For the best fantasy baseball analysis and insight please visit BloombergSports.com
By Jonah Keri
thing to dig into the numbers and make a bunch of predictions for the
upcoming fantasy season. It’s quite another to put your fantasy draft
where your mouth is. That’s just what I did last week in the Brian Kenny Show Fantasy Baseball League.
Run by ESPN anchor and radio host Brian Kenny, the league
includes some heavy hitters at the Worldwide Leader, along with a special guest from the pigskin world. Mike Greenberg (of the Mike and Mike Show), Linda
Cohn, Jay Harris, Ryen Russillo, Amy Lawrence, Buster Olney, Rob Neyer
and NFL wide receiver T.J. Houshmanzadeh (I was as surprised as you, but the man’s got a good team) joined me in the league, along
with Kenny, his producer Mike Urrunaga, and three listeners.
The format is a little different than your typical fantasy league.
Instead of the standard 5×5 format, or the original 4×4, this is 6×6.
The offensive categories are: HR, RBI, R, SB, along with OBP and SLG
(no Batting Average). The pitching categories are: W, K, ERA, WHIP,
along with Quality Starts and Saves+Holds (instead of Saves only).
The strategy here was simple: Load up on offense early and grab
quality starting pitching periodically. Then take advantage of the
league’s unique categories in two ways: 1) Punt saves, so that while
others are fixated on lousy closers, I can swoop and take elite set-up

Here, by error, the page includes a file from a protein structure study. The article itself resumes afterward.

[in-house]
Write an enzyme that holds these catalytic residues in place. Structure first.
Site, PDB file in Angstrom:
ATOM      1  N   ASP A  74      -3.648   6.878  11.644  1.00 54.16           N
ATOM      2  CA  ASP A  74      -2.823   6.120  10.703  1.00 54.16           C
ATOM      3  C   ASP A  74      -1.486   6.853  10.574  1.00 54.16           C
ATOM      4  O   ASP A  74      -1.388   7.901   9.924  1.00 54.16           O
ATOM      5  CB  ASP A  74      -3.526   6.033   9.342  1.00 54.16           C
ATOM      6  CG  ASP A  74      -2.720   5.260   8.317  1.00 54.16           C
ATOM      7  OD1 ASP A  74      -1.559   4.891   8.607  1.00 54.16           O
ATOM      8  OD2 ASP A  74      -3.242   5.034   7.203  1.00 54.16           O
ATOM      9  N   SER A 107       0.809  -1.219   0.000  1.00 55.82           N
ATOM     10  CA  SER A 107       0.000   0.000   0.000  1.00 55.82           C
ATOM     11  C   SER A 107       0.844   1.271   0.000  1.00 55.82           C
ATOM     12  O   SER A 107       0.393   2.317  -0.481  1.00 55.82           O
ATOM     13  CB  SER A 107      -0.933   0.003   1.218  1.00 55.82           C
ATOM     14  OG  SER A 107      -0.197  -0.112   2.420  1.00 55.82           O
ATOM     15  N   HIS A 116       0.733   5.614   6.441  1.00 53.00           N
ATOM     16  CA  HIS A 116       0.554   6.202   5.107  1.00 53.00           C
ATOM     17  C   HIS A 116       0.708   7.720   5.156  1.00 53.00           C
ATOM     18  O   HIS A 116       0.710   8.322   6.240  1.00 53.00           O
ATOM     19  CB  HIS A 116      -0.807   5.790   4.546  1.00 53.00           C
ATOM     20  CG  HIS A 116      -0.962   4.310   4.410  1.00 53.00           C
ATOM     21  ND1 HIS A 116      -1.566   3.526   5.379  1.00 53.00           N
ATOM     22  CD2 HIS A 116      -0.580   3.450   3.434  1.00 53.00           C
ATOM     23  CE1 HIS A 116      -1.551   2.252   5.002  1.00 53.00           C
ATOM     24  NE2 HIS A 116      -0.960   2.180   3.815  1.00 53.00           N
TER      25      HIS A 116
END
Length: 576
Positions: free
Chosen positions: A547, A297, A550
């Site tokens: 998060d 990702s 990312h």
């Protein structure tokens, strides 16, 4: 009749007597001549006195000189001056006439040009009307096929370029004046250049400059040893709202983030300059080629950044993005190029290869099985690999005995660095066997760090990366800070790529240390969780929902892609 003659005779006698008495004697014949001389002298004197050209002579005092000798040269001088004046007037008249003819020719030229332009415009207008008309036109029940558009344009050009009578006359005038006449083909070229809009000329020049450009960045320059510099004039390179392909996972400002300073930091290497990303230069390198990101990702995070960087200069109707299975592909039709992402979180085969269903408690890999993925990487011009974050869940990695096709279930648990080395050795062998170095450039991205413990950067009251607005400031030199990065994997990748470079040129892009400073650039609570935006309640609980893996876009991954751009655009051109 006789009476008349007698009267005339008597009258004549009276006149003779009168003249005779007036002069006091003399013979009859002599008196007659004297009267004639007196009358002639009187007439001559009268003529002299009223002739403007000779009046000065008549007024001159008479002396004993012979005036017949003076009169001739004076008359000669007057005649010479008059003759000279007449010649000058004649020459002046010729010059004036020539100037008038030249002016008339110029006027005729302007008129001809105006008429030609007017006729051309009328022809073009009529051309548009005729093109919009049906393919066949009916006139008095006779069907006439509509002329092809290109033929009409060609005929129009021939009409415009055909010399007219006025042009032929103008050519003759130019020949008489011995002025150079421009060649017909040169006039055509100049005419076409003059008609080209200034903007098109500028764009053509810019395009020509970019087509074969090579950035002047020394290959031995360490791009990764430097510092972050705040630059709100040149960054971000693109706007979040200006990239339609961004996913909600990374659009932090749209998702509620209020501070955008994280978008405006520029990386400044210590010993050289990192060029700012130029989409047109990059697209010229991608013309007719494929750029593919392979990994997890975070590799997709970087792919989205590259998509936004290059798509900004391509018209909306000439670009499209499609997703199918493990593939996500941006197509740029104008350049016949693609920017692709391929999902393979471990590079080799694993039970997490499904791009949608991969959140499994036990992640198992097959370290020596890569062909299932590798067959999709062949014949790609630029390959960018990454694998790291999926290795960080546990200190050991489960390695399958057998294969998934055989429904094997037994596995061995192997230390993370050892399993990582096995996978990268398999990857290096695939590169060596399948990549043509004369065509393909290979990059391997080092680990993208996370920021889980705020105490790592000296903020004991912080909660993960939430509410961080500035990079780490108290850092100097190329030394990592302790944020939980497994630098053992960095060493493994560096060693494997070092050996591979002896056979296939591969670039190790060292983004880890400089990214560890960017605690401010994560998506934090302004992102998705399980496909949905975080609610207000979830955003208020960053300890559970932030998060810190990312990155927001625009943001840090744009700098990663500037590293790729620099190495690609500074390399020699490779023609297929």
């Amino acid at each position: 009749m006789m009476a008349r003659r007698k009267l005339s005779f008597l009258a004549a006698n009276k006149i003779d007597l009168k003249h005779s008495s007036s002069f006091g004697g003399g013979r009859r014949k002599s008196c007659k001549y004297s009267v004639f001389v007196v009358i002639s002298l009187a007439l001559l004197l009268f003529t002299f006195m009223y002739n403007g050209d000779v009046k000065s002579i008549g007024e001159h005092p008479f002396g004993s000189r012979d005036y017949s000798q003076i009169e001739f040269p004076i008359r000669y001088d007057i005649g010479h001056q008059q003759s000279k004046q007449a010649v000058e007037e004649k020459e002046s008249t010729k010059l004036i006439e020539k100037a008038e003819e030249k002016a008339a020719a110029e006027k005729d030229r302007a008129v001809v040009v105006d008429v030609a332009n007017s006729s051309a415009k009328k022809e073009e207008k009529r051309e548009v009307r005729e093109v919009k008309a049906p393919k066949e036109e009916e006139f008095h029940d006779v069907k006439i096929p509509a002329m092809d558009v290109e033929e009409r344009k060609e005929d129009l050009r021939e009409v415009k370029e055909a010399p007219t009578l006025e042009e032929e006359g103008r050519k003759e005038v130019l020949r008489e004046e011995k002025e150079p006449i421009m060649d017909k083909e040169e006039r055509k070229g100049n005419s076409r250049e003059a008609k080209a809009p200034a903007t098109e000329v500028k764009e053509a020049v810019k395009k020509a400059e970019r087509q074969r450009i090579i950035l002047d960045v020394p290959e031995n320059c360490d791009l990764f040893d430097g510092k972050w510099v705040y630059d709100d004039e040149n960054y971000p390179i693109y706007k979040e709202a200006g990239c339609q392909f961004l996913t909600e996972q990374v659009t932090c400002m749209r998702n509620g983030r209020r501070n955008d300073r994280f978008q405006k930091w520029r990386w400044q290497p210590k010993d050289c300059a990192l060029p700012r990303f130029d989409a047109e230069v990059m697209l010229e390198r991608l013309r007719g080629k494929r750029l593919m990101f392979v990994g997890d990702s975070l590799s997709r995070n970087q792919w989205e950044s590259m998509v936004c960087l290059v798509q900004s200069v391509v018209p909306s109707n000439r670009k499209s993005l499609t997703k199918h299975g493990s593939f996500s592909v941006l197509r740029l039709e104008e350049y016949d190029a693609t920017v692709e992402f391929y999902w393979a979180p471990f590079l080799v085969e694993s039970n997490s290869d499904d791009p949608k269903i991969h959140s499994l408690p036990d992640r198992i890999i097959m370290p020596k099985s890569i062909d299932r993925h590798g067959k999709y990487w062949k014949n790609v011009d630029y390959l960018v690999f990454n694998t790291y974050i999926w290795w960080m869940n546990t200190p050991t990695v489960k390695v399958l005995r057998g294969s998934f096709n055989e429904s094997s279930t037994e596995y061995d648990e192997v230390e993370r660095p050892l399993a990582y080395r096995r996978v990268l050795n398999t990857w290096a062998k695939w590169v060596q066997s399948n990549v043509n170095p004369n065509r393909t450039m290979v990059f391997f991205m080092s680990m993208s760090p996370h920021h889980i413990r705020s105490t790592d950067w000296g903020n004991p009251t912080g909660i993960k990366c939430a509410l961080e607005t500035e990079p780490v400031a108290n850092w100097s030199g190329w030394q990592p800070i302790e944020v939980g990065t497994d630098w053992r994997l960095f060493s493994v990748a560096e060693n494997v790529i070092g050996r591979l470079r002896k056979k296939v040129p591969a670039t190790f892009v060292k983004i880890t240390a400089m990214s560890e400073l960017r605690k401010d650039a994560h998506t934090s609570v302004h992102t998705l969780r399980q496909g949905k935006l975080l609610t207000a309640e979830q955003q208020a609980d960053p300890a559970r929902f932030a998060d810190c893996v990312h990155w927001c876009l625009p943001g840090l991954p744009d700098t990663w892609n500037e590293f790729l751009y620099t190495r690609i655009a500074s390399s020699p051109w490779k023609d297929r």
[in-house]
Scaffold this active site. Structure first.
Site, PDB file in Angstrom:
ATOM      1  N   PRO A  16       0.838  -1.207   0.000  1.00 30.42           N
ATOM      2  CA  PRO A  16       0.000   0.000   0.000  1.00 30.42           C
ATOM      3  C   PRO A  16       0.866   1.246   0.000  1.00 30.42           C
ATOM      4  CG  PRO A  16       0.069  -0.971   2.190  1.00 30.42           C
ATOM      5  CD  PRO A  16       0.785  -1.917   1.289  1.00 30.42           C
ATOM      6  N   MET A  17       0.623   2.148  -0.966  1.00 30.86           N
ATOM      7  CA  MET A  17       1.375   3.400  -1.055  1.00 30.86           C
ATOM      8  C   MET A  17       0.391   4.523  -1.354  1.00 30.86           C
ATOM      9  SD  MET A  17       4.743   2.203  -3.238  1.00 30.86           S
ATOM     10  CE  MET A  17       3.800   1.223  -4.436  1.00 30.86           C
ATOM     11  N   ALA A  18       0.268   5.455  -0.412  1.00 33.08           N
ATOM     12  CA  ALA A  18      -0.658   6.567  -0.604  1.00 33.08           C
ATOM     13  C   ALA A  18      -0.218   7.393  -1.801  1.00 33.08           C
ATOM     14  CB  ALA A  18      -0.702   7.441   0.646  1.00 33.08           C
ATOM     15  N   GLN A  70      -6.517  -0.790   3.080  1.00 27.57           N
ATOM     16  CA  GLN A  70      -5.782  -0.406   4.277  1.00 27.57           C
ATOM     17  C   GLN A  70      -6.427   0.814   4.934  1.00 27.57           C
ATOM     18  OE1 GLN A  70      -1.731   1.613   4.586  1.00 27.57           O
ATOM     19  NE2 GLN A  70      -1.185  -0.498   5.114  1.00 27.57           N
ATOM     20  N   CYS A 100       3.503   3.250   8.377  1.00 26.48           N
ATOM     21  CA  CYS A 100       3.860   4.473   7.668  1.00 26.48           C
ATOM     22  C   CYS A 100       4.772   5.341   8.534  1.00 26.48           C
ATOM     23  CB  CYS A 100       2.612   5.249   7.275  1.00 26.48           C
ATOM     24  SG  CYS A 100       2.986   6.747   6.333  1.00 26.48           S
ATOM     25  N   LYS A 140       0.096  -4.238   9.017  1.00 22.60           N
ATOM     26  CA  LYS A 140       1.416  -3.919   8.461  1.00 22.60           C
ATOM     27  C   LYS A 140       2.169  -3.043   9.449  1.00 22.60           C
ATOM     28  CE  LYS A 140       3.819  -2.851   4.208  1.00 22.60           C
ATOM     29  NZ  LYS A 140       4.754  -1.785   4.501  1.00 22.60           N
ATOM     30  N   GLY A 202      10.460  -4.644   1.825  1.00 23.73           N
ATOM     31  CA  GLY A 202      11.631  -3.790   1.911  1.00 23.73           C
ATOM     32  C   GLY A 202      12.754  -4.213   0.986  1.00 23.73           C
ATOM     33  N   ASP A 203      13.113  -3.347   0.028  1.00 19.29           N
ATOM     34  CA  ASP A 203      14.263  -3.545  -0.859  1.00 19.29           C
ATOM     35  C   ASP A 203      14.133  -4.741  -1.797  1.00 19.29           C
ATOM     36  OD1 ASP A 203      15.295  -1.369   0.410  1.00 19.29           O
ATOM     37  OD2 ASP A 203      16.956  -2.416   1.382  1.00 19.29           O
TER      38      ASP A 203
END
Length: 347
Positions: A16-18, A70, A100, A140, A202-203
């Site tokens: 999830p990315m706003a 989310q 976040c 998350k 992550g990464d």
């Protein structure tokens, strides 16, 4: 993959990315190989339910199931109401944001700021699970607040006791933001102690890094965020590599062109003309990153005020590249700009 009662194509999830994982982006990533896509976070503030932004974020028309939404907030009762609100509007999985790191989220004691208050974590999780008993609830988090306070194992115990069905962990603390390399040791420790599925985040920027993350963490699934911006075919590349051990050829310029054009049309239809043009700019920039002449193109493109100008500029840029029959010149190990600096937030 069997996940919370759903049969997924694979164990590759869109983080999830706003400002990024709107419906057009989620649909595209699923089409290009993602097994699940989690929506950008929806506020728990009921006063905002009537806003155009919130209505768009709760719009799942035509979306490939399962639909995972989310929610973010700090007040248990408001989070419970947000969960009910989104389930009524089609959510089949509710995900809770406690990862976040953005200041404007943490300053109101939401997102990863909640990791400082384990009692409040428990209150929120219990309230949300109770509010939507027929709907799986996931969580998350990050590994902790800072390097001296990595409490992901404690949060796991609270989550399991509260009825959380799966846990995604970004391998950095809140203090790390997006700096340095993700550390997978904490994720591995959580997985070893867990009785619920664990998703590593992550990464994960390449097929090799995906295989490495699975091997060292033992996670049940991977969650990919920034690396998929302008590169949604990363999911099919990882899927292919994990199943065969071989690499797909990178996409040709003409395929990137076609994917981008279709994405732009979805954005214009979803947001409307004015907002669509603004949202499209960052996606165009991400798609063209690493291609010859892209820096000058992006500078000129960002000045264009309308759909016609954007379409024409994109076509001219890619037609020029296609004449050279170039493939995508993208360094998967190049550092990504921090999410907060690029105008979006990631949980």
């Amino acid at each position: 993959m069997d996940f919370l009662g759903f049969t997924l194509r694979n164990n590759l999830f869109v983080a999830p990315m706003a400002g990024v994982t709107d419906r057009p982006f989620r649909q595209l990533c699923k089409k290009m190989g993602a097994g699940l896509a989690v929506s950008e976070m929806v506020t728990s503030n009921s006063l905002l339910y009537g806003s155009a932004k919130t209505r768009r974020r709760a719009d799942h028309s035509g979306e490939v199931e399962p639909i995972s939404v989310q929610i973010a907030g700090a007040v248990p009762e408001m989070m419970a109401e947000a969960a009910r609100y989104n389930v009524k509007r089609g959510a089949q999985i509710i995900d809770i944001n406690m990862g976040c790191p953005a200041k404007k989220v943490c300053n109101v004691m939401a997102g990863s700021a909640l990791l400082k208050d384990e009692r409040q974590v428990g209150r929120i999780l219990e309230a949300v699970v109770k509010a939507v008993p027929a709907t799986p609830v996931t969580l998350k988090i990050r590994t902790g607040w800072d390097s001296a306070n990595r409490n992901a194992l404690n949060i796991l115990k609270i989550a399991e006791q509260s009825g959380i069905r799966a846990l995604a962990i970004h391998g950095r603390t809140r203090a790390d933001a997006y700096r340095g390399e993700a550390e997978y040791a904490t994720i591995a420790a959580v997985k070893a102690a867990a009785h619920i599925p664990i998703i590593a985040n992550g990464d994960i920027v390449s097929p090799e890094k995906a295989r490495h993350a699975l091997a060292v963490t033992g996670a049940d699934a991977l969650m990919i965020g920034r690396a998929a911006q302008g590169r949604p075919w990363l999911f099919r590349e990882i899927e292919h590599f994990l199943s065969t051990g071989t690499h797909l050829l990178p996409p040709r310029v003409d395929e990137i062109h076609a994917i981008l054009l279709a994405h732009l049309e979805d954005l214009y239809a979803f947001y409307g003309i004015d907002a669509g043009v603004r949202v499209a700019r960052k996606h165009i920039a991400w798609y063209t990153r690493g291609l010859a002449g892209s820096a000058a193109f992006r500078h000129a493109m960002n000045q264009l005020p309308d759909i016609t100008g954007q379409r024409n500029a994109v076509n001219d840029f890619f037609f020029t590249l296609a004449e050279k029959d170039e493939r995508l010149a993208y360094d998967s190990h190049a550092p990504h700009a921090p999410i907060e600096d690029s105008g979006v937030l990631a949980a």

men who’ll produce almost as many holds, with much better ratios. 2)
Target hitters late in the draft who are better in real life than in
fantasy, since they typically put up low batting averages but also
strong on-base percentages and slugging averages.
Picking 10th in the draft, I grabbed Rays third baseman Evan Longoria
with my 1st-round pick. I wanted big power numbers right away, since
cheap steals figured to be abundant. Third base is also a thin position
this year, Alex Rodriguez was gone, and I trusted Longoria’s improving game and stacked Rays lineup over David Wright, the 10 home runs he hit last year, and his abysmal Mets teammates.
I was hoping to address position scarcity again and grab Rockies shortstop Troy Tulowitzki with my 2nd-round pick, but he went four slots ahead of my #19 selection. Come on down Roy Halladay! The Phillies’ new ace is the most dependable starting pitcher in the game, ranked #2 behind only Tim Lincecum